No, more likely it was seeing the man’s eyes up close that robbed her of the will to speak… as well as a good deal of breath! His eyes weren’t grey, as she’d first thought, but a rich, smoky silver. The intensity of his gaze was enhanced by a fringe of thick, sooty lashes, and emphasized by his deep copper skin.
“Guess I was wrong. Looks like you don’t want out after all,” he said as, tearing his gaze from hers, he pivoted and began wading back the way he’d come. Only after his body heat—the smell of him, the confusion of him—had been removed, did Amanda shake herself to her senses. By that time he was climbing lithely onto the grassy riverbank.
“Wait, Mr….!” He didn’t turn around.
“Un-uh. That was my question, princess. And until you answer it, you’re staying put.”
Amanda blinked hard. That was it? All he wanted was for her to tell him her name and then he’d help her out? That seemed reasonable enough. No, it wasn’t reasonable at all! A gentleman would never leave a lady stranded in the middle of frigid water merely because she hadn’t supplied her name the second he’d snapped his fingers and demanded it.
Then again… Her gaze narrowed on his back, on the way the tough denim pants clung wetly to his heavily muscled thighs and calves. She reassessed. This was definitely no gentleman. Her deduction had nothing to do with his native heritage. It had everything to do with the way he dressed—truly, those pants were indecent!—and the way he walked—make that swaggered. His every move screamed arrogance and authority.
Which would have been fine, were it an unintentional, spontaneous thing. It wasn’t. Amanda had a gut-feeling this man knew exactly what kind of cocky, insolent impression he made on people, and that he played it to the hilt. When he turned his head and regarded her from over one shoulder, Amanda knew she was right. She also had an uneasy feeling that he knew what she was thinking.
“Change your mind yet?” As he spoke, he sat down in the grass and reached for his moccasins, although he made no move to tug them on. Yet. The enormity of what he was doing hit Amanda like a slap. She glared at him. “You aren’t really going to leave me here, are you? Just because I wouldn’t tell you my name?”
He tipped his head to one side. A lock of black hair fell forward on his brow when he shrugged.
“What do you think?”
“I don’t think you’d dare.”
“Then you don’t know me very well.”
Her chin tipped haughtily. “I don’t know you at all.”
“We could do something about that.”
Was it possible for a grin to be devastating yet emotionless at the same time? Amanda wouldn’t have thought so—until she saw the proof of it with her own eyes. Her heart flipped over in her chest, its tempo hammering in her ears. Her trembling fingers closed around the water near her hips in empty fists.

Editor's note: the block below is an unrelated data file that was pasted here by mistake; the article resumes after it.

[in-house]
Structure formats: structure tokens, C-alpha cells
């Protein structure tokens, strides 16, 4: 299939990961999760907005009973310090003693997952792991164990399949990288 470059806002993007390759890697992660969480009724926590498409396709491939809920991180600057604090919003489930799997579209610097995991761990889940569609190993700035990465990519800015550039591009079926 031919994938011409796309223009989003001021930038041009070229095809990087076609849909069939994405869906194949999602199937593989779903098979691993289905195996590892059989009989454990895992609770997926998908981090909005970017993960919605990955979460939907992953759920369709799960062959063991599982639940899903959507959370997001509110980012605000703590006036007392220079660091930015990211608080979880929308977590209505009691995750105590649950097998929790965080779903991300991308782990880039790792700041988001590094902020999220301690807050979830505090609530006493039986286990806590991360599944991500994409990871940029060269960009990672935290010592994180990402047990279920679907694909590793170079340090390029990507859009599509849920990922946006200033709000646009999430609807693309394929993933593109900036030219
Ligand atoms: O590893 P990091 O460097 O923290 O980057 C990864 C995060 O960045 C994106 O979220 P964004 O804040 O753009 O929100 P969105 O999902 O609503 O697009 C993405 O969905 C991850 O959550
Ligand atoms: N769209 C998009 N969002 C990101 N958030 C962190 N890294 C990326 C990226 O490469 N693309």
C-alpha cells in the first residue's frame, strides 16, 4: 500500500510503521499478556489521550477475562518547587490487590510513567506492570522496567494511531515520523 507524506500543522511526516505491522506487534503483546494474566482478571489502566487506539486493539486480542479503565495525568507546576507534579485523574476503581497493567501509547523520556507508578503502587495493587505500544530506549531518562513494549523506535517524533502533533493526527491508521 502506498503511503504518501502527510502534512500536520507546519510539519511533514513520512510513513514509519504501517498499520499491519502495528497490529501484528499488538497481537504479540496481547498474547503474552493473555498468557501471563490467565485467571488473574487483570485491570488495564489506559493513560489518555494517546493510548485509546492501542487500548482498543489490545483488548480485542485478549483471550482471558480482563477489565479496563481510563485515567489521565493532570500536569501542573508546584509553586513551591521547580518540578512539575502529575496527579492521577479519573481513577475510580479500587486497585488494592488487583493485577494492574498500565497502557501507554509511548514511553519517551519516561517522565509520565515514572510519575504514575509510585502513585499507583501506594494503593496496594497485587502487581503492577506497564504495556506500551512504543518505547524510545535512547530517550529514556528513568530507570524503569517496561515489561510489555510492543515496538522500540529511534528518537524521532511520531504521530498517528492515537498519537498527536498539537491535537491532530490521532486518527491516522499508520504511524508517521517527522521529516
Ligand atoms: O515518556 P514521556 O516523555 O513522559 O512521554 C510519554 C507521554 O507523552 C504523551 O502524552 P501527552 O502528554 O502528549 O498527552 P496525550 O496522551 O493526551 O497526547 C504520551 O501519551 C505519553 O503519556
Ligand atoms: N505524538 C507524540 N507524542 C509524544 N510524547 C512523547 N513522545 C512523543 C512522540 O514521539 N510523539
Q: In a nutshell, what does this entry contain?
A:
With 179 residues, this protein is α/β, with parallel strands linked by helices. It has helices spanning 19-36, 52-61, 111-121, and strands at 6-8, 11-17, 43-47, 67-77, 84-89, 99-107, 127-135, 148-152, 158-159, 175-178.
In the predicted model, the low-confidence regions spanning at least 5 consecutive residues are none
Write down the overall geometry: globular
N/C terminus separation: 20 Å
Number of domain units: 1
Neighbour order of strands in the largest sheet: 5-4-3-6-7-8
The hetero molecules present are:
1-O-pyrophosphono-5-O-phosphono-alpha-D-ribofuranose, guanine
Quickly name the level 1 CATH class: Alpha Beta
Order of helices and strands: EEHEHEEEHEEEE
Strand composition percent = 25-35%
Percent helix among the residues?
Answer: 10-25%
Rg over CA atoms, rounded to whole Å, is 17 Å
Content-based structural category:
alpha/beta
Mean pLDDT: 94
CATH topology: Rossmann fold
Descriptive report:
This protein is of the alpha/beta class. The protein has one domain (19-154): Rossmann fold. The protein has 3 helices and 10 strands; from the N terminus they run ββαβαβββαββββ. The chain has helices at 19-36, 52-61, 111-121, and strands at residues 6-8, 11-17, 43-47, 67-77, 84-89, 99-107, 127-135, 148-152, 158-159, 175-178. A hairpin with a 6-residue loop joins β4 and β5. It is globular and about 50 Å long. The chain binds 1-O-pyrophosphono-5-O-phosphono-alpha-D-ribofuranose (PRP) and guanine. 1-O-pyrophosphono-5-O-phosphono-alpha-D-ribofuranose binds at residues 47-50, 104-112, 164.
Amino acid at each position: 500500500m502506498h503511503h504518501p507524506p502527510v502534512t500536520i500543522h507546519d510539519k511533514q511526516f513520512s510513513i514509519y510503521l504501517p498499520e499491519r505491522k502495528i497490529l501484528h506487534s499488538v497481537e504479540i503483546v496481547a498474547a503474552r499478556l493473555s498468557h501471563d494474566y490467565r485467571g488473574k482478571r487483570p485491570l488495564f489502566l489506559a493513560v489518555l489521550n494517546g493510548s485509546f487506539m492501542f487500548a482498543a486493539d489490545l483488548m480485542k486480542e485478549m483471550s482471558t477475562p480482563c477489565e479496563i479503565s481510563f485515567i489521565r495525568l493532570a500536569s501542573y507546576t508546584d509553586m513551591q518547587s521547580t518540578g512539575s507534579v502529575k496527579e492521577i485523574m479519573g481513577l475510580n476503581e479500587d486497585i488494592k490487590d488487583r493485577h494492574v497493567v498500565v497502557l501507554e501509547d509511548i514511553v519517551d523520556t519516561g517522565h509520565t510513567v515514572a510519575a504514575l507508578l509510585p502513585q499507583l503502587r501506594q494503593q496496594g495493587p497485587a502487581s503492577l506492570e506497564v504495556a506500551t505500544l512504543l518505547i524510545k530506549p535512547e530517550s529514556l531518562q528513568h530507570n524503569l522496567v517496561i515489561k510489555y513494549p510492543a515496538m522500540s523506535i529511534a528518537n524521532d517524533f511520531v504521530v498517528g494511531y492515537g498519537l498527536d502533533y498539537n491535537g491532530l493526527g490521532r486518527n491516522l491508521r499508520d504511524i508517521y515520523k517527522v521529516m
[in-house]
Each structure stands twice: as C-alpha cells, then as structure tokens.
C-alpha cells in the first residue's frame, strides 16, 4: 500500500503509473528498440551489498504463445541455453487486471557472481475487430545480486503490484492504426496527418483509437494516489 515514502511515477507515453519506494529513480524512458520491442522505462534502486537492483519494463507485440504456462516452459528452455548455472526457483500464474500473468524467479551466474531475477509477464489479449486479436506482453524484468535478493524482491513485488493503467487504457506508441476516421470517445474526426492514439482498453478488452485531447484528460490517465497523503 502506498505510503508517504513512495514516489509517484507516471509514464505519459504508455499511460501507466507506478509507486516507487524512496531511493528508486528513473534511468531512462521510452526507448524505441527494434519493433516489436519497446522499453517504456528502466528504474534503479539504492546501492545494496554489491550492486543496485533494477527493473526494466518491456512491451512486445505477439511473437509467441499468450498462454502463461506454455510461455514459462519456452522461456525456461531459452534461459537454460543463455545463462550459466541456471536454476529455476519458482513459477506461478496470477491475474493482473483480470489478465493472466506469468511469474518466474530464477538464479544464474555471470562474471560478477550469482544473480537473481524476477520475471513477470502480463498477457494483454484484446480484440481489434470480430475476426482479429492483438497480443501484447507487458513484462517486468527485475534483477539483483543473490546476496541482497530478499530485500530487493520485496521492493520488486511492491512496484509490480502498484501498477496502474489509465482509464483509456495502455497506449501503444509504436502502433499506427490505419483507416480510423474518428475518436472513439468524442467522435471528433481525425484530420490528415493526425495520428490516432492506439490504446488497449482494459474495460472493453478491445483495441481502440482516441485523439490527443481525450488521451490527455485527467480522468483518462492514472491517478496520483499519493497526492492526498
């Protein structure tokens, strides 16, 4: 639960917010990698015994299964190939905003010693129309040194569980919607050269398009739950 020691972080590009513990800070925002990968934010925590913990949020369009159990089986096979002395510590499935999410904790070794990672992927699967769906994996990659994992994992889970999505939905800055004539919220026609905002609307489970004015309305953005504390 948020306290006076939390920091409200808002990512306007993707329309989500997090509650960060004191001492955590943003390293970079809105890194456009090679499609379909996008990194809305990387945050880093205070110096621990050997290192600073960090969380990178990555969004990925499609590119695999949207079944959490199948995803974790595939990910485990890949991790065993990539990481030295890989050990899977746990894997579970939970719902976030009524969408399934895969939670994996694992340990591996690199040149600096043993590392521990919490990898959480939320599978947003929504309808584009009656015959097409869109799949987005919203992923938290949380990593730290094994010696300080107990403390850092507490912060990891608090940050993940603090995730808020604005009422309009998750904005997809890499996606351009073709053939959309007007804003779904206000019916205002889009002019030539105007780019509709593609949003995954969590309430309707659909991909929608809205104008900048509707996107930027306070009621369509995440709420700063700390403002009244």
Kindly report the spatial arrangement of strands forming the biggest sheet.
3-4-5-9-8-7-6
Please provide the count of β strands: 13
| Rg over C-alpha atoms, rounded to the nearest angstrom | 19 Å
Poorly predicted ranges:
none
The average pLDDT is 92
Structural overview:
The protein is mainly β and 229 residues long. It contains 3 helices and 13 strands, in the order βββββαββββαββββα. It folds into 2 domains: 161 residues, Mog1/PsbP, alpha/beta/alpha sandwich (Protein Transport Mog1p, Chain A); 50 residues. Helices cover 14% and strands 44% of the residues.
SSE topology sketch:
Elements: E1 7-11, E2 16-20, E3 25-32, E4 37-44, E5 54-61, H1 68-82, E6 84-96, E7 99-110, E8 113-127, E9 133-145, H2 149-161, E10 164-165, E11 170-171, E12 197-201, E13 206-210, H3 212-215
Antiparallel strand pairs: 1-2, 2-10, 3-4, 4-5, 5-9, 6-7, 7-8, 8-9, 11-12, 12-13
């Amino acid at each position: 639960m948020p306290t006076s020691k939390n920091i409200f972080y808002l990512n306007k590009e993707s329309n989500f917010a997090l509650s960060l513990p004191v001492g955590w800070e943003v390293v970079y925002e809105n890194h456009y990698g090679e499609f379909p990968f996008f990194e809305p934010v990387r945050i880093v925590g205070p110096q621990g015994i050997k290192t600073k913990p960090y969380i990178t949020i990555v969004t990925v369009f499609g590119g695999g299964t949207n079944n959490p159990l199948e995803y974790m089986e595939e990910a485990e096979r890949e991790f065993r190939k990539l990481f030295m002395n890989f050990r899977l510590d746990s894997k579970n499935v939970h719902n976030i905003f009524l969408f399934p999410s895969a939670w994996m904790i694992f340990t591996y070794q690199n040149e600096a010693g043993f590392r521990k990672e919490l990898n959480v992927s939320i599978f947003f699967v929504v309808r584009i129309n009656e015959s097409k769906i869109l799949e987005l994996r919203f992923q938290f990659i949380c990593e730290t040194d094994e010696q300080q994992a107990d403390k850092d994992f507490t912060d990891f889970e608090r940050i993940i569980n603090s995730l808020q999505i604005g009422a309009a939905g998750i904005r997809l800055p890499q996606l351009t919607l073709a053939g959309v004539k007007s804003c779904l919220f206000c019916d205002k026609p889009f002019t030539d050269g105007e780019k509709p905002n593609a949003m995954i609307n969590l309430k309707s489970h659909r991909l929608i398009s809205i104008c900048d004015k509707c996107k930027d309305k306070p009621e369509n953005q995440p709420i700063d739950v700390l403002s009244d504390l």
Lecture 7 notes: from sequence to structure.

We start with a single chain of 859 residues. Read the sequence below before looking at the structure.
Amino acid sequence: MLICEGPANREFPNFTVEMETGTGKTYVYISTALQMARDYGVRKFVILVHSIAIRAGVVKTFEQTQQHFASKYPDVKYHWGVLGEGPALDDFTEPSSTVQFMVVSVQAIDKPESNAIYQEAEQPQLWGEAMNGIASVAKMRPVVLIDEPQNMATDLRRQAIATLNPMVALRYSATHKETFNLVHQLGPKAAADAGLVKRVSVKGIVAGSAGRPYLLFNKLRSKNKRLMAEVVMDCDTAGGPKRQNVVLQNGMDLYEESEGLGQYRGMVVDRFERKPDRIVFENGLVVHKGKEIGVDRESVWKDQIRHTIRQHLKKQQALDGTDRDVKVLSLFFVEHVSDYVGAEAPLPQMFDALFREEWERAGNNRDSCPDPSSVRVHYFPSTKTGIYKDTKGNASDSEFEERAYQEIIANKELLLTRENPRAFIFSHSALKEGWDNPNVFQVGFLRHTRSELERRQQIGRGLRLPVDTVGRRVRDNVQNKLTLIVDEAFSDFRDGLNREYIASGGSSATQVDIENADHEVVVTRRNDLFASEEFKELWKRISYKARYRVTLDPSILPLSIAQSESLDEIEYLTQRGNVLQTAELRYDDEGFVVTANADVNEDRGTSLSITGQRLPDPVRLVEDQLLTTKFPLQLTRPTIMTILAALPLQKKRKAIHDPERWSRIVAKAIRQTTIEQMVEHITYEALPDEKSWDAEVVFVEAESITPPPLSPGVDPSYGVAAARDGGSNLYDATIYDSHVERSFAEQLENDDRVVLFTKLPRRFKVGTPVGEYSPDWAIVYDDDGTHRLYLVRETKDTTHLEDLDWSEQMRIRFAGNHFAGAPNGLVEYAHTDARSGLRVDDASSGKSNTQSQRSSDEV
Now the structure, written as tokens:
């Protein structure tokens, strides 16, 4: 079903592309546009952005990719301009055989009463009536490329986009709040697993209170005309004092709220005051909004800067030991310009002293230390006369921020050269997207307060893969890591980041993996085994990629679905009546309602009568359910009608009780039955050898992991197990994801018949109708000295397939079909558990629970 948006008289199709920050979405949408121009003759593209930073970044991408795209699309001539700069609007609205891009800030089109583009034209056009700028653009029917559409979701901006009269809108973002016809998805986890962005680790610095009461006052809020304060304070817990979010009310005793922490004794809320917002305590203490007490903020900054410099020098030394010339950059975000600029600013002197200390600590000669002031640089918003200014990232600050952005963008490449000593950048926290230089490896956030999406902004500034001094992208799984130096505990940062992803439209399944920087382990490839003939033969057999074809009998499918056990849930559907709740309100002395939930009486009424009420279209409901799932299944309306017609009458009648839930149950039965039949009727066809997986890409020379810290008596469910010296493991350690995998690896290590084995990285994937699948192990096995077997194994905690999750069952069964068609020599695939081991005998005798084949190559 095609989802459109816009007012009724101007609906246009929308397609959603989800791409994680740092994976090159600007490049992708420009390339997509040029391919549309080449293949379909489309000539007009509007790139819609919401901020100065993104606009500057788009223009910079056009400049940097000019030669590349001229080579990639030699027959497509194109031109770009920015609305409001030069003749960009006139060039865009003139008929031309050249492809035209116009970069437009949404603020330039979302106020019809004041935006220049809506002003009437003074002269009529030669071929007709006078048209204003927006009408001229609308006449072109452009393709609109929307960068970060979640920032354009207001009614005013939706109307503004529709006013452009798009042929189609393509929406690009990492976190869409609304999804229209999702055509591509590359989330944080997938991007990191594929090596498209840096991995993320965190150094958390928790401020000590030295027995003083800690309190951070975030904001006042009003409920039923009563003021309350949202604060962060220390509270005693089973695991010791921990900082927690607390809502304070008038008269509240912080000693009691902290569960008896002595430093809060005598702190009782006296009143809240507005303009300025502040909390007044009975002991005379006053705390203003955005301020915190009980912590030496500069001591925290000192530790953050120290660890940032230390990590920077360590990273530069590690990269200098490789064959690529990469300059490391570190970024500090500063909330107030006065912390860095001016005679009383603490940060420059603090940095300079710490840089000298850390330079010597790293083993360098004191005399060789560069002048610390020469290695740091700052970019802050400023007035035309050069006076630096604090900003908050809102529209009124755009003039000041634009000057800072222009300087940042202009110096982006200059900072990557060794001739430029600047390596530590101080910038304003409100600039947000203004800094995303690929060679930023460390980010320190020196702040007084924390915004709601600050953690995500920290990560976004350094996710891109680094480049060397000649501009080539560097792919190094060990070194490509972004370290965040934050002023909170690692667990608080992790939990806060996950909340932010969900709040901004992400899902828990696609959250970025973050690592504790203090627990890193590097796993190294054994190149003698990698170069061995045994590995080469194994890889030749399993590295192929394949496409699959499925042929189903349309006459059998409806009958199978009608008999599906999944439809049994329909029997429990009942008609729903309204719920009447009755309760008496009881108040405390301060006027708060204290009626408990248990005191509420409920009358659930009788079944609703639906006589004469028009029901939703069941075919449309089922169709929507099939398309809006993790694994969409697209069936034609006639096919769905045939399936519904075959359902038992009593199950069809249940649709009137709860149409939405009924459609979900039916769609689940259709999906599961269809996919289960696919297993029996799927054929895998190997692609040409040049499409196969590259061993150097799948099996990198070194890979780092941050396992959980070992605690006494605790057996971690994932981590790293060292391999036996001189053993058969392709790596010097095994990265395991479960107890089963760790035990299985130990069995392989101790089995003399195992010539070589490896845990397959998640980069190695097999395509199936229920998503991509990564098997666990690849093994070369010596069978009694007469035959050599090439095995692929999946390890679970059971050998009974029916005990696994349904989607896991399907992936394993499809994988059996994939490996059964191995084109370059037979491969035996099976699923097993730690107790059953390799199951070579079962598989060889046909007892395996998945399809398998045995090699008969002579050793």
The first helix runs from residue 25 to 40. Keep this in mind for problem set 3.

“That wasn’t very nice,” she snapped, and stifled a groan when his grin only broadened.
The smile, she noted, didn’t reach his eyes. They remained narrow and frosty.
“I’m not a very nice person,” he said.
“Ask anyone, they’ll tell you.”
As though to prove it, he started tugging on his moccasins. When he was done, he pushed to his feet. In the same fluid movement he swiped up his hat and settled it atop his head. He pinched the low-riding brim between his index finger and thumb, nodded to her in mock politeness, then turned and walked toward the trees.
Amanda blinked hard. Dear God, the man really was going to desert her. The rotten bastard! She didn’t realize she’d said the words aloud until she saw him stop. His shoulders squared. His back stiffened. Even from this distance, she could see tension pull the muscles in his back, shoulders, and arms taut.
Come again, princess?”
Since it was too late to deny it—the damage was already done—Amanda sucked in a deep breath and repeated herself, loudly, and clearly enough so he would have no doubt as to what she’d just called him. “Goddamn. That’s what I thought you said.”
He sucked in a sigh and released it in a slow hiss. Then he shook his head—regretfully? she doubted it—and plucked off the hat. With a flick of his wrist, he sent it hurling to the grass.
“Guess I’m going have to fetch you out of there after all.”
There was something in his tone—too calm, too leashed—that sent a shiver down her spine. Amanda couldn’t pinpoint the underlying emotion he’d stressed, and, as she watched him again tug off the deerskin moccasins, she stopped trying.
Before she knew it, he was trudging through the water toward her. Forcing herself not to shiver in dread took all her concentration. Wondering what had made him change his mind, she glanced up. He glanced down.
Silver and green warred, and in that instant Amanda knew exactly why he’d decided to free her. His eyes were narrowed to steely slits. His jaw was bunched hard, and a muscle ticked beneath the high copper plane of his cheekbone. As she watched, his lips thinned into a tight, uncompromising line. Calling him a bastard had hit a sore spot with him. The man was quietly furious.
Worse—much, much worse—all that tightly leashed anger was directed at her. The knowledge seemed a good enough reason for Amanda to flinch when he stopped so close his chest threatened to graze the very tips of her breasts. “I-I’ll tell you my name,” she offered, and winced when her voice squeaked.
“Don’t bother. Where are you stuck?”
Swallowing hard, she fixed her gaze on one of the flat metal buttons trailing down his shirt. As for the tight bands of muscle rippling beneath the dark blue cloth… well, she refused to notice them at all. “Amanda Lennox. That’s my name.”
“That’s dandy. I repeat: Where are you stuck?” His hand came out of nowhere. His index finger hooked under her chin, dragging her gaze up. His warm, sweet breath blasted over her face when he said, “Better give some thought to answering me this time, princess. You’ve got exactly ten seconds to tell me what’s going on under this water. After that, my hands start doing some exploring of their own.”